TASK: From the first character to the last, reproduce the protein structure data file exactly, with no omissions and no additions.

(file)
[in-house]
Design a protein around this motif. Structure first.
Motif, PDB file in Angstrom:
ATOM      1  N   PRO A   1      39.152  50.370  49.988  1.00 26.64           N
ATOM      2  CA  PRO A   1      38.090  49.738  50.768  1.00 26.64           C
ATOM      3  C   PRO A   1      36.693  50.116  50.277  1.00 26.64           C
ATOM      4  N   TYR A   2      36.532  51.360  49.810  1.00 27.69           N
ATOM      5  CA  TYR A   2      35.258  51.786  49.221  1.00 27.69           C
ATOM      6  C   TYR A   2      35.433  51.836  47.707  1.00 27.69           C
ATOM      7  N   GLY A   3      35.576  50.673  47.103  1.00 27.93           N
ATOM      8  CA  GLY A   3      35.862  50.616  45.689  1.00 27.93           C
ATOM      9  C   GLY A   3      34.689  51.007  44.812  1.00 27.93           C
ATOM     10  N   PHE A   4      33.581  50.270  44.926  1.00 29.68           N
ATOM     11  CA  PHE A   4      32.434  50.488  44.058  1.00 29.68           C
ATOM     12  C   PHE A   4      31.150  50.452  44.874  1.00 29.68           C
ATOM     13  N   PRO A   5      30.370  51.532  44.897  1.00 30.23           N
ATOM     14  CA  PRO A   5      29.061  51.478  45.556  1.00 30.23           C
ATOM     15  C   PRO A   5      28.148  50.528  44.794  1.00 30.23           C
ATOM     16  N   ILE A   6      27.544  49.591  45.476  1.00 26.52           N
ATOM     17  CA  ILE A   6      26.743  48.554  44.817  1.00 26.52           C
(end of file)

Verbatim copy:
[in-house]
Design a protein around this motif. Structure first.
Motif, PDB file in Angstrom:
ATOM      1  N   PRO A   1      39.152  50.370  49.988  1.00 26.64           N
ATOM      2  CA  PRO A   1      38.090  49.738  50.768  1.00 26.64           C
ATOM      3  C   PRO A   1      36.693  50.116  50.277  1.00 26.64           C
ATOM      4  N   TYR A   2      36.532  51.360  49.810  1.00 27.69           N
ATOM      5  CA  TYR A   2      35.258  51.786  49.221  1.00 27.69           C
ATOM      6  C   TYR A   2      35.433  51.836  47.707  1.00 27.69           C
ATOM      7  N   GLY A   3      35.576  50.673  47.103  1.00 27.93           N
ATOM      8  CA  GLY A   3      35.862  50.616  45.689  1.00 27.93           C
ATOM      9  C   GLY A   3      34.689  51.007  44.812  1.00 27.93           C
ATOM     10  N   PHE A   4      33.581  50.270  44.926  1.00 29.68           N
ATOM     11  CA  PHE A   4      32.434  50.488  44.058  1.00 29.68           C
ATOM     12  C   PHE A   4      31.150  50.452  44.874  1.00 29.68           C
ATOM     13  N   PRO A   5      30.370  51.532  44.897  1.00 30.23           N
ATOM     14  CA  PRO A   5      29.061  51.478  45.556  1.00 30.23           C
ATOM     15  C   PRO A   5      28.148  50.528  44.794  1.00 30.23           C
ATOM     16  N   ILE A   6      27.544  49.591  45.476  1.00 26.52           N
ATOM     17  CA  ILE A   6      26.743  48.554  44.817  1.00 26.52           C